angle-left The Check-Out Drill: Saddle Girth Safety

The Check-Out Drill: Saddle Girth Safety

Incorporate this girth-safety program into your pre-horseback riding routine.

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In AQHA’s Fundamentals of Horsemanship series, AQHA partnered with La Cense Montana to provide you with the “Check-Out Drill,” an exercise promoting saddle girth safety that is easily incorporated into your pre-horseback riding routine.  

This girth-safety program has three objectives:

  • To assure the horse is comfortable after being saddled so the girth can be tightened once he’s “deflated.”
  • To make a thorough evaluation before getting onto his back through the use of several movements: backing, sending and lateral movement.
  • To be certain the horse is not bothered by the saddle, flapping stirrups, etc.

Once a horse has been saddled, never simply turn your back and lead him off without first sending him to the right and left. If the girth is pinching him or he is stuck or feeling “girthy,” he might leap toward you, particularly in the case of a young or highly sensitive horse.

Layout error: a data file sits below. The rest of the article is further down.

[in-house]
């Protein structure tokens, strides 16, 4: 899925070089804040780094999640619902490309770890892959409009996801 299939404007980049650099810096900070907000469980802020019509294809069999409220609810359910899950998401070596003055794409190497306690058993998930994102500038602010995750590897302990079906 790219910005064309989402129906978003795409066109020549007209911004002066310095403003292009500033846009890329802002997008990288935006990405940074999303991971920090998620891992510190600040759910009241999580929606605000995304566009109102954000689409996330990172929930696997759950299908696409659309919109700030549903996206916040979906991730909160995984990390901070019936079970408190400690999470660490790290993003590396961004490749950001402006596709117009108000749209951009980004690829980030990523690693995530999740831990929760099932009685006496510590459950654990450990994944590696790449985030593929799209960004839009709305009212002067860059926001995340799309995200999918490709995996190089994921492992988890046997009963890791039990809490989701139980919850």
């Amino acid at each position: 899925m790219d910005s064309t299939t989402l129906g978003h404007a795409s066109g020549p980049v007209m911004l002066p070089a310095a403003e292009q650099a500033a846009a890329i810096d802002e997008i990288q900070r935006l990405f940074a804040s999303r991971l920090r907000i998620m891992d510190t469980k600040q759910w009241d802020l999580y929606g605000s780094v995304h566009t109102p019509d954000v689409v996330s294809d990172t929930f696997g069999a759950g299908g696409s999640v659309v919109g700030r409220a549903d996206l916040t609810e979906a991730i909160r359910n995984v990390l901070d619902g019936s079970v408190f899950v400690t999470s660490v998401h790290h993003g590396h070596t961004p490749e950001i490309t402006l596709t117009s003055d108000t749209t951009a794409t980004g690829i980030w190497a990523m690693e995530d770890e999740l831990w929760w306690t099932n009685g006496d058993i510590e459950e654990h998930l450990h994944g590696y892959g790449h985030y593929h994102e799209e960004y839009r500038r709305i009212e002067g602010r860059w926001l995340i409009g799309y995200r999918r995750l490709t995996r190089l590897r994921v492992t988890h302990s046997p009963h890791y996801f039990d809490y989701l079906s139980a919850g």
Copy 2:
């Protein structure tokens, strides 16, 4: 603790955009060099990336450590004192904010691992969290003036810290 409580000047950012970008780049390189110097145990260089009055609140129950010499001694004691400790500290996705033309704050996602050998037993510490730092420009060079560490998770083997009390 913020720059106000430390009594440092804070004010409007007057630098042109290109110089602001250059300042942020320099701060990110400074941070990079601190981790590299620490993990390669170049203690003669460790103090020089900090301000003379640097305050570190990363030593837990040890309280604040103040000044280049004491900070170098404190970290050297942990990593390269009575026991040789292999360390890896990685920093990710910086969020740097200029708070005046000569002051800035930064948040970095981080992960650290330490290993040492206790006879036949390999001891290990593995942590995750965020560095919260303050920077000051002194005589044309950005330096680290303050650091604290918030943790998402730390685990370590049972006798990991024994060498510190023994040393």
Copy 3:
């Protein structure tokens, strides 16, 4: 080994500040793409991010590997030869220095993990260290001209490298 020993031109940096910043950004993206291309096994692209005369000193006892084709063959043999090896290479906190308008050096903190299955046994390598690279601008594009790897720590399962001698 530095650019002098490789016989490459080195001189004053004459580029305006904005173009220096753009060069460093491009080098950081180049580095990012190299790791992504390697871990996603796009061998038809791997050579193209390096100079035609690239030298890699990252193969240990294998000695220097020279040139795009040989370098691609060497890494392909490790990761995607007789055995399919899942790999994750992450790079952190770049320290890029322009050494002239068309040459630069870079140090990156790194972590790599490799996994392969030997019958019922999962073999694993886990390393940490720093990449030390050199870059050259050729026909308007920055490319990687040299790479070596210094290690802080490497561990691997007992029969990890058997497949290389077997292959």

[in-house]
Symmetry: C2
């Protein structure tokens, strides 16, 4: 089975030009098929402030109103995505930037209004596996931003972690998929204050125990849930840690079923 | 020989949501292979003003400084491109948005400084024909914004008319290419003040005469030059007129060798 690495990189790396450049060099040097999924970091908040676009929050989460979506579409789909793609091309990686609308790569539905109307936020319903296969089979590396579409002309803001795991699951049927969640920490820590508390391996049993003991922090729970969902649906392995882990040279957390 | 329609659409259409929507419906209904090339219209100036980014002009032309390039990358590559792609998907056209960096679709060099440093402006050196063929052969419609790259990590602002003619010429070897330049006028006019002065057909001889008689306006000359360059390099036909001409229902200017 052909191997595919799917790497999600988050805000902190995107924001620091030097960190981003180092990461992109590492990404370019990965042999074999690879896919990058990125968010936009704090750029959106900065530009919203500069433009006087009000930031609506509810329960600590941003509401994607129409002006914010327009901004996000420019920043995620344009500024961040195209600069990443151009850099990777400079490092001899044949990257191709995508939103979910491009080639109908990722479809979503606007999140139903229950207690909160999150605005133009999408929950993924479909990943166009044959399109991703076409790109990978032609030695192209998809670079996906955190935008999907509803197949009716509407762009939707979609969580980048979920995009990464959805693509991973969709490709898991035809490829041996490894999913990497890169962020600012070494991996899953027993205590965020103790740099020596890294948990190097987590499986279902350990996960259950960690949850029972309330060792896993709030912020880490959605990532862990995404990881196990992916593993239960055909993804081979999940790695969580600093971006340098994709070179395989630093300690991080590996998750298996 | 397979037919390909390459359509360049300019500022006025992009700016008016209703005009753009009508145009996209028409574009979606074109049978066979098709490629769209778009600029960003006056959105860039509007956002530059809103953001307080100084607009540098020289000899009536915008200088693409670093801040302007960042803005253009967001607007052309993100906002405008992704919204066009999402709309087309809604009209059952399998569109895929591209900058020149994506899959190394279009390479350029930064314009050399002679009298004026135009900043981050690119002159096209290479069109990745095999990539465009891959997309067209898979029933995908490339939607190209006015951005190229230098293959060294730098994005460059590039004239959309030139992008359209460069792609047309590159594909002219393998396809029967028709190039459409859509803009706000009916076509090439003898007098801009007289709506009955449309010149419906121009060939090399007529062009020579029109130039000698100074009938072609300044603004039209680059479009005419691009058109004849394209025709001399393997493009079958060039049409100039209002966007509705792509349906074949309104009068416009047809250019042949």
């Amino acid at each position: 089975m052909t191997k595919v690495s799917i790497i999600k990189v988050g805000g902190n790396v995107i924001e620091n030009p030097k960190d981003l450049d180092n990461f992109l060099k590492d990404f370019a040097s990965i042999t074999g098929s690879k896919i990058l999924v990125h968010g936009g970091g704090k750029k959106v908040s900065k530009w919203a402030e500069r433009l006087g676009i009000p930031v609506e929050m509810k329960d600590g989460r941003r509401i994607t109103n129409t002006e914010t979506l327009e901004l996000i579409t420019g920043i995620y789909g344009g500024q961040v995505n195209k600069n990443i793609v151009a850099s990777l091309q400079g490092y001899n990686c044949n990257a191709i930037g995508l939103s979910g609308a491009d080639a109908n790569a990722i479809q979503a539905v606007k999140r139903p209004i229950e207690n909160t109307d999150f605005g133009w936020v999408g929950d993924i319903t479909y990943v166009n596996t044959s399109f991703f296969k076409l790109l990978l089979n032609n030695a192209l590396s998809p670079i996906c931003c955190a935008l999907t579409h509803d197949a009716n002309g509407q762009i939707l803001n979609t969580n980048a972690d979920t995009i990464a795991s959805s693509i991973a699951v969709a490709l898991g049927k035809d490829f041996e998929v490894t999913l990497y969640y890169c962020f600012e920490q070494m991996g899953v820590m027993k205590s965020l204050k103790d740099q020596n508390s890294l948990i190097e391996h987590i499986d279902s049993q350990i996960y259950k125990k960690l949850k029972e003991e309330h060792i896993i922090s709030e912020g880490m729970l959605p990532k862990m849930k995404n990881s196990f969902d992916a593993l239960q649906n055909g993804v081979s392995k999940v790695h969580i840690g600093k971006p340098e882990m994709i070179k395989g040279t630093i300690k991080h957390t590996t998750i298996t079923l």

Follow the “Check-Out Drill” before mounting:

  1. Move his feet. Give him some direction and send him away at a walk, then a trot. Direct the horse toward a fence, and then send him away between you and fence. 
  2. Tighten the girth slightly after Step 1. Then, repeat Step 1 in the other direction and tighten the girth slightly once more. Three small girth adjustments are infinitely preferable to one big one. 
  3. Take him back a step. Once a horse is moving forward nicely, ask for a few backward steps. If the saddle is giving the horse any discomfort, it will become obvious at this point.
  4. Play is OK! If your horse is fresh and wants to buck and play around, allow him to do so, but keep him busy with transitions, cantering and direction changes, until he is calmer. It is better for him to express his exuberance now – before you get on his back. 

Errors to avoid:

  • Do not turn your back on the horse to lead him away just after having tightened the girth.
  • Do not tighten the girth against the rhythm of the horse’s breathing.
  • Do not simply try to wear your horse out physically before you get on. He will just become fitter and fitter.
  • Do not stop the exercise when the horse is still bucking or jumping around, or this is what he will learn to do. Stop only when he is calm and attentive.